That's why we like large-cap, low-beta, liquid companies like McDonald's in this tumultuous market environment. Case in point, earlier in the week, MCD hit an all-time high. Since we added the company to Investing Ideas, it is up almost 30%.

 

Stick with it. Restaurants analyst Howard Penney reiterates his "road to $150" call, implyling more than 15% upside from here.

TLT

Credit markets are one of the major beneficiaries (maybe the largest) of the reflation trade since February. While yield spread compression has been a positive for Long Bonds (TLT, ZROZ), a perceived monetary policy shift and a collapse in bond market volatility expectations have been a positive for Junk Bonds (JNK), but we don’t expect it to continue.

 

With growth continuing to slow alongside consensus positioning broadly, downside deflation risk is on the table. As we’ve highlighted on a daily basis, consumption growth and labor market growth peaked in Q1 2015 and both are slowing alongside a continued corporate profits slowdown. This mix:

  • Smells like incremental deflation on the margin;
  • Is a huge risk for high yield credit (JNK);

 

ZROZ

In our view, the probability that the Federal Reserve continues on a tightening course is next to nil if #LateCycle employment data continues to deteriorate, and there are signs that is happening. For example, one of the slides in our Q2 macro themes deck provides a long history of one of Janet’s favorite indicators, the “Change in Labor Market Conditions Index.”

 

This index has trended positive for the balance of the cycle until 2016. The index has now dipped into negative territory for four consecutive months to the lowest readings since June of 2009. 

 

Does Janet want to be the catalyst in expediting that? When the bars in the chart above start to dip deep into red territory, she has to be dovish – it’s part of her playbook, and the dovish pivot will continue to be supportive of #GrowthSlowing allocations on the margin (like Long Bonds (TLT, ZROZ), and especially Gold (GLD). 

 

Three for the Road

TWEET OF THE DAY

[NEW] About Everything: Department Stores = Endangered Species? https://app.hedgeye.com/insights/51291-about-everything-everything-must-go … via @HoweGeneration $JWN $TGT $WMT $M $JCP $DDS

@Hedgeye

QUOTE OF THE DAY

"If you're going to have to bed them to play, it's  not going to work."

-Chuck Daly

STAT OF THE DAY

Without the 3 point line, Jerry West scored 2,309 points and recorded 1,240 rebounds during his career at West Virginia University.


Daily Market Data Dump: Wednesday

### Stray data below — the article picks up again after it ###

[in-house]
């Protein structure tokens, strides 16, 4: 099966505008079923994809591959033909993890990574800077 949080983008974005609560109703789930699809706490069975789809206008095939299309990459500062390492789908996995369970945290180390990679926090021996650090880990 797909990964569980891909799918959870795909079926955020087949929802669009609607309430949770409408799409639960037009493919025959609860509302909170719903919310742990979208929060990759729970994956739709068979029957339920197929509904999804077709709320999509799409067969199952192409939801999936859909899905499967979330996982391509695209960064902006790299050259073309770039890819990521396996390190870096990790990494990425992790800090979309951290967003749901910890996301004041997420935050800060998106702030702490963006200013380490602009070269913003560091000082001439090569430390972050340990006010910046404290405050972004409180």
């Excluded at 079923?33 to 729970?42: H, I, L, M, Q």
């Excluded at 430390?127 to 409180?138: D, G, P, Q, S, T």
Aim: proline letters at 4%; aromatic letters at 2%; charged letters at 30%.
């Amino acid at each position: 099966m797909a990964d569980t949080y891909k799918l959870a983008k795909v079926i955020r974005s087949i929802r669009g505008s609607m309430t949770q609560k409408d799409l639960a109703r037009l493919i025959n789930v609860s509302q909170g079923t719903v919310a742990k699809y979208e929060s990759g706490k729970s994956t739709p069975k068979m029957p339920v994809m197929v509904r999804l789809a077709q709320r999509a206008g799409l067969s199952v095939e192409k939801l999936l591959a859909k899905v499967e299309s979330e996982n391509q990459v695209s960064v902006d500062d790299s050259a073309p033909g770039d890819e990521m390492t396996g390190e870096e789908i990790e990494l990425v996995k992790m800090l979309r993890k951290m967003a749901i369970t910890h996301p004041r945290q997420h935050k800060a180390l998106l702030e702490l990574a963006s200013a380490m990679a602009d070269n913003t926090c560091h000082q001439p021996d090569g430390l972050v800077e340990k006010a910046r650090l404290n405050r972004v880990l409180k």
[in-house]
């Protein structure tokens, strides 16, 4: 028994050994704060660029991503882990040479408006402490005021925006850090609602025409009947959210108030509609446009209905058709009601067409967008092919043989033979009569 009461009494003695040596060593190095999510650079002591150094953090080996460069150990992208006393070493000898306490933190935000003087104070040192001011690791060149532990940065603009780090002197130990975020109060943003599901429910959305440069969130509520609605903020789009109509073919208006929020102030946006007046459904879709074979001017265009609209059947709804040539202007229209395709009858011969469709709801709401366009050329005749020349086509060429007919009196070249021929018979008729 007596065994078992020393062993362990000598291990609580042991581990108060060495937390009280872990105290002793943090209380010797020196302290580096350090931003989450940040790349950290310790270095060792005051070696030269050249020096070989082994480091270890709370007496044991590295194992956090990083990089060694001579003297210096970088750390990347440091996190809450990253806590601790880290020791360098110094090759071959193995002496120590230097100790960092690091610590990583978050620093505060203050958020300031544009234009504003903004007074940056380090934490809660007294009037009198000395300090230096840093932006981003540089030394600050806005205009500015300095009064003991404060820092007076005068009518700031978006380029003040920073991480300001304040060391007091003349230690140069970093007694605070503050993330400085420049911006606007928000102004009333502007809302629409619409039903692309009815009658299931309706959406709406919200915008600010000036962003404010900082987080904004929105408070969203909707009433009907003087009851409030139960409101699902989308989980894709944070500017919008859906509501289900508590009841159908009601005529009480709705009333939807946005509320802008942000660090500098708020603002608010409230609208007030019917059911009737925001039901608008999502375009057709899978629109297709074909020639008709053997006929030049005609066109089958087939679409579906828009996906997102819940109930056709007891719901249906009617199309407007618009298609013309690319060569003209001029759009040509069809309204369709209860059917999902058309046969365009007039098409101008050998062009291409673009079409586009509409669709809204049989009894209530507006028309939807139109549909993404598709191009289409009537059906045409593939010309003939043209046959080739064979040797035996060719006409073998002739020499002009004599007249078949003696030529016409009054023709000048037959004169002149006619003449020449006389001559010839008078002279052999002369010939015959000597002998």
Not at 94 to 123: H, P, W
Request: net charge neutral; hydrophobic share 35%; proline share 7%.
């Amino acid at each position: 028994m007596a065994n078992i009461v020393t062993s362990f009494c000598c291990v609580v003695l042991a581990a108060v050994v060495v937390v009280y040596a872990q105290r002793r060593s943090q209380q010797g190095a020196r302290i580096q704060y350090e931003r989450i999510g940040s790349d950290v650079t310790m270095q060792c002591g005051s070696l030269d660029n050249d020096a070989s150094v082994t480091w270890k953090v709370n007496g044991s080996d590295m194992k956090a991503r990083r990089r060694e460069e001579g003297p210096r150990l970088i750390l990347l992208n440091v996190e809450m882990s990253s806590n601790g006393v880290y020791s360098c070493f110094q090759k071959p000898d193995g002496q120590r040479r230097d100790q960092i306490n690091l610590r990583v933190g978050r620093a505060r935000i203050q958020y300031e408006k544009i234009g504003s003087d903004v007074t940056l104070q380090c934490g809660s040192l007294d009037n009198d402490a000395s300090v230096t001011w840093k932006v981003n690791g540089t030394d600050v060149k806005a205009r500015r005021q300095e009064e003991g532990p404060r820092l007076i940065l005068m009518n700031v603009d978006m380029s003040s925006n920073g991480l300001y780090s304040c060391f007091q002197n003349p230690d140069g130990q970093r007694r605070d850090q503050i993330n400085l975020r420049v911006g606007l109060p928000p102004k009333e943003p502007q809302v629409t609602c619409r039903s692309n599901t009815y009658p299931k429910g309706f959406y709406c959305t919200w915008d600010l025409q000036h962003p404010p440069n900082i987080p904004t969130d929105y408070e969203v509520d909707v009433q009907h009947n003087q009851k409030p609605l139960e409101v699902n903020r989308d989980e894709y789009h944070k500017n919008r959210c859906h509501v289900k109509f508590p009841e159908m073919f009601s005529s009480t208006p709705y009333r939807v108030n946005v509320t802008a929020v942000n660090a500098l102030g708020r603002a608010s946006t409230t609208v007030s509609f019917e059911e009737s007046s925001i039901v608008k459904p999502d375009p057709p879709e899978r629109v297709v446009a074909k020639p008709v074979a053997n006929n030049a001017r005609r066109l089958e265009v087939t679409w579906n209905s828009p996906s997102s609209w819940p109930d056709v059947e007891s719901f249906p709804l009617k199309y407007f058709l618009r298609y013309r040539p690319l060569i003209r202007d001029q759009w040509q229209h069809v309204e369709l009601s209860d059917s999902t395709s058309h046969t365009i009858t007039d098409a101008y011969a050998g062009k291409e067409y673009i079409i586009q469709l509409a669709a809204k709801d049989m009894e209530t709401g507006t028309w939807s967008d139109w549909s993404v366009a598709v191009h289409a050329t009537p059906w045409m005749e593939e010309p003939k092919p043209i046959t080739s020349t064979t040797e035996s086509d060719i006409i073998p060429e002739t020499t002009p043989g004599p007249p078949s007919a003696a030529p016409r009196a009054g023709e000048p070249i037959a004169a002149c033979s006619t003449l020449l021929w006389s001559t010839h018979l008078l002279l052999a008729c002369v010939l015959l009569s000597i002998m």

Takeaway: A closer look at global macro market developments.

Editor's Note: Below are complimentary charts highlighting global equity market developments, S&P 500 sector performance, volume on U.S. stock exchanges, and rates and bond spreads. It's on the house. For more information on how Hedgeye can help you better understand the markets and economy (and stay ahead of consensus) check out our array of investing products

 

CLICK TO ENLARGE

 

Daily Market Data Dump: Wednesday - equity markets 6 1

 

Daily Market Data Dump: Wednesday - sector performance 6 1

 

Daily Market Data Dump: Wednesday - volume 6 1

 

Daily Market Data Dump: Wednesday - rates and spreads 6 1

 

Daily Market Data Dump: Wednesday - currencies 6 1


investing ideas

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Hedgeye CEO Keith McCullough handpicks the “best of the best” long and short ideas delivered to him by our team of over 30 research analysts across myriad sectors.

CHART OF THE DAY: Investor Consensus = Bearish On Bonds & U.S. Dollar... WHY?

Editor's Note: Below is a brief excerpt and chart from today's Early Look written by Hedgeye Senior Macro analyst Darius Dale. Click here to learn more.

 

"... One such incongruence that needs to work its way through markets is the relatively bearish position on both Treasuries (across the curve) and the U.S. Dollar Index in the futures and options markets.

 

Specifically, the +11.2k net long position on the latter represents a -1.7 z-score on a 1Y basis, while the -148.9k net short position in 2Y notes and -93.5k net short position in 10Y bonds represent z-scores of -1.4 and -1.6, respectively. How can investor consensus be that bearish on bonds amid a hawkish Fed, but not commensurately bullish on the dollar?"